It and a smaller 270-carat (54 g) spinel were captured by the Persian King Nadir Shah during his 18th-century conquest of India. The smaller of the two Spinel bears a 350-year-old inscription attributing its ownership to Jahangir, a Mughal Emperor of India. Legend states that in response to court criticism for having inscribed his own name on the stone, the Emperor proclaimed "This stone shall make my name more famous than the entire dynasty of Tamerlane!" His prediction proved somewhat correct as the Tamerlane dynasty was overthrown after 230 years, while Jahangir's name lives on inscribed on a number of gemstones found in the Iranian treasury.
The Samarian Spinel has a hole in it. According to a diary entry of the court physician to the Iranian Shah Nasser al-Din Shah Qajar, the King told the physician that the stone once adorned the neck of the biblical golden calf, which the Israelites are said to have made while Moses was receiving the Ten Commandments. A diamond was added later to conceal the hole.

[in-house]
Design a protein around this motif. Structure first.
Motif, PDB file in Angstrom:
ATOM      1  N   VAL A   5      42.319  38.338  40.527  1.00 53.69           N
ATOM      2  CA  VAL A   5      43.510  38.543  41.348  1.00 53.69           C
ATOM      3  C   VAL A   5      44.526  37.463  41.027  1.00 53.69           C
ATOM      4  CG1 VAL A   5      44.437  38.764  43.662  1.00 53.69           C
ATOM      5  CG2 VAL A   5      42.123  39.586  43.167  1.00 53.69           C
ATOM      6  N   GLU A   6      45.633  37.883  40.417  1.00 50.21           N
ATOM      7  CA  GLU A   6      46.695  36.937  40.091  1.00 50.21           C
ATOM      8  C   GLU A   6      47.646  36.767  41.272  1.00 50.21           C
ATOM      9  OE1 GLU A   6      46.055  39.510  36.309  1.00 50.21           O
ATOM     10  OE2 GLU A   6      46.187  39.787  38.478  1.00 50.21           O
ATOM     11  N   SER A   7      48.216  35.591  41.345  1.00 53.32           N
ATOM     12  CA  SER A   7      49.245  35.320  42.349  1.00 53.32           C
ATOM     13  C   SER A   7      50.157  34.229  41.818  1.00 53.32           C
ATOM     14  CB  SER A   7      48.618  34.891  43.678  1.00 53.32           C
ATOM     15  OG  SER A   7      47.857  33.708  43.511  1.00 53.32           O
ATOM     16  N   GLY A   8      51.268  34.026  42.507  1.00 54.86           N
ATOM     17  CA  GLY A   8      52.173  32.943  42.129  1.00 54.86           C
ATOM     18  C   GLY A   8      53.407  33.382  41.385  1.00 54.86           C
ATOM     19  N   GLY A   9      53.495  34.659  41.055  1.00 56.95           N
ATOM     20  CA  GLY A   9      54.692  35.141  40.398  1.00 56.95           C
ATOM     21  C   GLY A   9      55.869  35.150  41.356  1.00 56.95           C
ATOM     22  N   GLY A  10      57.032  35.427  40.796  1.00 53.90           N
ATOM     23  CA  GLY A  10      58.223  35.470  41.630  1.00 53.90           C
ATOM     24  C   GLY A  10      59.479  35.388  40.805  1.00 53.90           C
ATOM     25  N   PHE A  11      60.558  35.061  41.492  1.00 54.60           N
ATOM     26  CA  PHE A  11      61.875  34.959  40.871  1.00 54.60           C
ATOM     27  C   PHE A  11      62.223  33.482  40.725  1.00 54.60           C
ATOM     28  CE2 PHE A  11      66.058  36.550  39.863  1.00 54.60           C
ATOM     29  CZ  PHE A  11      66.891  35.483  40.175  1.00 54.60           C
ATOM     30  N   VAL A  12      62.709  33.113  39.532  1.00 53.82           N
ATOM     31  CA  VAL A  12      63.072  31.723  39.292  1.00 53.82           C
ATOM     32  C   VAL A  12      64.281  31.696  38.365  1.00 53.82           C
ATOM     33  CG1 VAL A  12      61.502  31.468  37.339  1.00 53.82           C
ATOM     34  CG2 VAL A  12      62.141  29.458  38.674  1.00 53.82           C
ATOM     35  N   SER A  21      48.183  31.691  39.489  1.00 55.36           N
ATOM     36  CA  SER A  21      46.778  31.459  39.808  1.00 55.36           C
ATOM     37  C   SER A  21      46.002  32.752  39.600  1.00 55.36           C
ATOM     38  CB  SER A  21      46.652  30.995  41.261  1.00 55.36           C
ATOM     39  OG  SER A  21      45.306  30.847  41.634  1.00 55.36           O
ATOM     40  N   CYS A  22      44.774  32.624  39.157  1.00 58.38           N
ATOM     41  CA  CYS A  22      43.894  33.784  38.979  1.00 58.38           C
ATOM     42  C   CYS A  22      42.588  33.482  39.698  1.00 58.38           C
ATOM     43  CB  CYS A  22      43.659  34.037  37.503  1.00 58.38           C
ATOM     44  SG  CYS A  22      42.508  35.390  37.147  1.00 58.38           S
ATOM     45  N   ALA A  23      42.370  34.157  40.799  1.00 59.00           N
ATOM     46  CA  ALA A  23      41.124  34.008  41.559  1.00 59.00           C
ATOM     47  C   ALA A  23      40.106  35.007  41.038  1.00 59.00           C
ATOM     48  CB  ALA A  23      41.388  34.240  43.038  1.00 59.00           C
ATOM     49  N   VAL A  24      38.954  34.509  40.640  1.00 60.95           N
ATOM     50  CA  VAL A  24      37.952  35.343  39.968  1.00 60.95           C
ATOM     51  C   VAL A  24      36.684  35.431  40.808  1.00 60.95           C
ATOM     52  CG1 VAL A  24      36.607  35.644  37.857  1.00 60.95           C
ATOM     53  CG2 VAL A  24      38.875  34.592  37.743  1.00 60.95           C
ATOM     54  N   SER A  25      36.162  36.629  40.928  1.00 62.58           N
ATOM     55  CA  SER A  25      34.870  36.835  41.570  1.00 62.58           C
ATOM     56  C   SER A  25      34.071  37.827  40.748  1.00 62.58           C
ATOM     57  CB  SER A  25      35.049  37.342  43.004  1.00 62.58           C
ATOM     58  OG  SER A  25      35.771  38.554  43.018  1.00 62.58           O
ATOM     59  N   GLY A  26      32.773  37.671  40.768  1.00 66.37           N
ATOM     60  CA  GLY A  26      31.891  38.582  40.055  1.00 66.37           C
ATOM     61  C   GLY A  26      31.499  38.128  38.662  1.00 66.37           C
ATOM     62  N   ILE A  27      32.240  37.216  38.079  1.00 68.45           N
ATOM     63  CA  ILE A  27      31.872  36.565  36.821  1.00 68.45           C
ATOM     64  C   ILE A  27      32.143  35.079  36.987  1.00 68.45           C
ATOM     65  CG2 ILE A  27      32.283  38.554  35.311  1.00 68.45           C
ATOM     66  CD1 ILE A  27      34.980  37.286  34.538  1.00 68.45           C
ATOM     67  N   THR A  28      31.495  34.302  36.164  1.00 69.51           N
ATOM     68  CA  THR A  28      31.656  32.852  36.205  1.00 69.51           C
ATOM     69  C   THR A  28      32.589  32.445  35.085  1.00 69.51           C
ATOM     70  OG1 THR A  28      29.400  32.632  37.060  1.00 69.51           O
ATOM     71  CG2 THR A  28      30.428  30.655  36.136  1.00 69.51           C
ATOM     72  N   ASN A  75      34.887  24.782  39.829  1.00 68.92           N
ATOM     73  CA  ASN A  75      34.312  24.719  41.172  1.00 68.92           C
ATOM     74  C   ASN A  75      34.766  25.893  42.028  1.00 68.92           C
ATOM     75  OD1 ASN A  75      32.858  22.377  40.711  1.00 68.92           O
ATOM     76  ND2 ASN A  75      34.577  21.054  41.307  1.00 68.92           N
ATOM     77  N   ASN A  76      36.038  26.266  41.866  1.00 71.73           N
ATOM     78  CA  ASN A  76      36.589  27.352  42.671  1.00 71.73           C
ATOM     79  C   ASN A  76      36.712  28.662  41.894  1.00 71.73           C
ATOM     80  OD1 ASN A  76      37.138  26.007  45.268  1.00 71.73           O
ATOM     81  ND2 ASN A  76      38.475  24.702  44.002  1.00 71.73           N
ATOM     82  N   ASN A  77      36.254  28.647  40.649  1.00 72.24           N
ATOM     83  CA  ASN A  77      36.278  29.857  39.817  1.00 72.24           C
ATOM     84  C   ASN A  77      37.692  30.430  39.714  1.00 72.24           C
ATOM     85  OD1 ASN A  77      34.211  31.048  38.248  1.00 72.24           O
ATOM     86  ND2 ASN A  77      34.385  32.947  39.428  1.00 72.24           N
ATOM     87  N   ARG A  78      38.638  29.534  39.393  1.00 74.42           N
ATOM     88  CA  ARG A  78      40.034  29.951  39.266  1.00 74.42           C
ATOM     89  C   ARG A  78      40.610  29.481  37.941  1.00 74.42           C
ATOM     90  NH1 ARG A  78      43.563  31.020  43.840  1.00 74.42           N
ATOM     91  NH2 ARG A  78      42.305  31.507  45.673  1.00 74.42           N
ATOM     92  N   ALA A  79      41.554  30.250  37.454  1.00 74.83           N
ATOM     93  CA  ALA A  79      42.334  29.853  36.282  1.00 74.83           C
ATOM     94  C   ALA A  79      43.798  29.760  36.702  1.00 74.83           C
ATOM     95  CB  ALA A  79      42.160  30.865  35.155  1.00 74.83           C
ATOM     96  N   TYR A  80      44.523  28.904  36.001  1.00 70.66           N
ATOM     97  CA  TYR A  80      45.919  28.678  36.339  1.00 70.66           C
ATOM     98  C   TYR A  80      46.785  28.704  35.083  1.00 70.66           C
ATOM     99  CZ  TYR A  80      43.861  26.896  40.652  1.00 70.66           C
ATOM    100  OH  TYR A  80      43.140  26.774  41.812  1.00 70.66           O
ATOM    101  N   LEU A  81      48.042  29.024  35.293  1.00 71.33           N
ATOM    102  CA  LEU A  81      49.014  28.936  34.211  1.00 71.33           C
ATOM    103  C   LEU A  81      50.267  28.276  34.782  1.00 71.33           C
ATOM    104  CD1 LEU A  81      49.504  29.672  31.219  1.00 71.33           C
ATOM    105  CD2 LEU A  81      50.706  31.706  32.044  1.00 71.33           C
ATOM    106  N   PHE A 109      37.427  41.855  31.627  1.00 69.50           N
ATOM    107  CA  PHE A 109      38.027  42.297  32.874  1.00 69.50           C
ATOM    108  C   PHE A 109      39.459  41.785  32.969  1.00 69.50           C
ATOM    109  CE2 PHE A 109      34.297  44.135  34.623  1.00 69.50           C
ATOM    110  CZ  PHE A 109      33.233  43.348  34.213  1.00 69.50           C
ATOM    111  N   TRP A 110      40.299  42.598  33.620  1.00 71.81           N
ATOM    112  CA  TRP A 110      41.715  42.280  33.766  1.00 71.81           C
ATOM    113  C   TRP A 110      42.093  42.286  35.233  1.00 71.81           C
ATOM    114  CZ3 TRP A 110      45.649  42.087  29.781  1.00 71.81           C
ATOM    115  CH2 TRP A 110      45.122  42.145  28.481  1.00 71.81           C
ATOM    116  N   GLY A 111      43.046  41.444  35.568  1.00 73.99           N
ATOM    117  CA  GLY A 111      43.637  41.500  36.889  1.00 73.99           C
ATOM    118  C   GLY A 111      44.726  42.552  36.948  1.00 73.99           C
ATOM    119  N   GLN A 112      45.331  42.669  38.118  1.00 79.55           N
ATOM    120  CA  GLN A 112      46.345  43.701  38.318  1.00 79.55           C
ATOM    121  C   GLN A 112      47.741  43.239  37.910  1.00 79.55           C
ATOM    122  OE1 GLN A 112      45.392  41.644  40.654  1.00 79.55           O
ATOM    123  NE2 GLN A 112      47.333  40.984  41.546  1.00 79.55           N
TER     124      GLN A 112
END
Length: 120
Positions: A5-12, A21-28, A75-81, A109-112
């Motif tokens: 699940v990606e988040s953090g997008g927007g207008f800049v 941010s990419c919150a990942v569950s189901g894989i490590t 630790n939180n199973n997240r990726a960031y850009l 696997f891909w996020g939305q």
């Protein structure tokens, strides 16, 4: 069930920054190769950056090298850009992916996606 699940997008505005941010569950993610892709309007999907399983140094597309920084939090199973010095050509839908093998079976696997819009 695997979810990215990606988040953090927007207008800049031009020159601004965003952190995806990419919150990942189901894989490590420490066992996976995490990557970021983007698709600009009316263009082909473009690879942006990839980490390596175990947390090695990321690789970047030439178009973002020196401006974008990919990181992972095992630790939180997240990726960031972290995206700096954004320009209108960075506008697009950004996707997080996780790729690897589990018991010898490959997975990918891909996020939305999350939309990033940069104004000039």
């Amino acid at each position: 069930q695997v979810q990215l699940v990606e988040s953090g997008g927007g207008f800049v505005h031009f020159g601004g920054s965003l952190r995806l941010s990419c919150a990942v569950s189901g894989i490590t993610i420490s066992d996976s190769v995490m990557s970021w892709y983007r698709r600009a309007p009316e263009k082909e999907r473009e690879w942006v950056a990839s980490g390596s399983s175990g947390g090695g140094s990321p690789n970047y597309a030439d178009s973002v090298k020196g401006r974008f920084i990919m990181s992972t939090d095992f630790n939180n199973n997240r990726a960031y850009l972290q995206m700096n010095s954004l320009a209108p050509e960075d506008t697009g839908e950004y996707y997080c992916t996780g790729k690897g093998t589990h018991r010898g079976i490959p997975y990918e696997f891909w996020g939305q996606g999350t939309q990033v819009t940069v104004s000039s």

- Grande, Lance; Augustyn, Allison (2009). Gems and Gemstones: Timeless Natural Beauty of the Mineral World. University of Chicago Press. p. 83. ISBN 9780226305110. Retrieved 18 January 2018.
- "The Samarian Spinel". famousdiamonds.tripod.com. Retrieved 23 June 2013.
- Meen & Tushingham, 1968: Bank Markazi Iran, 1971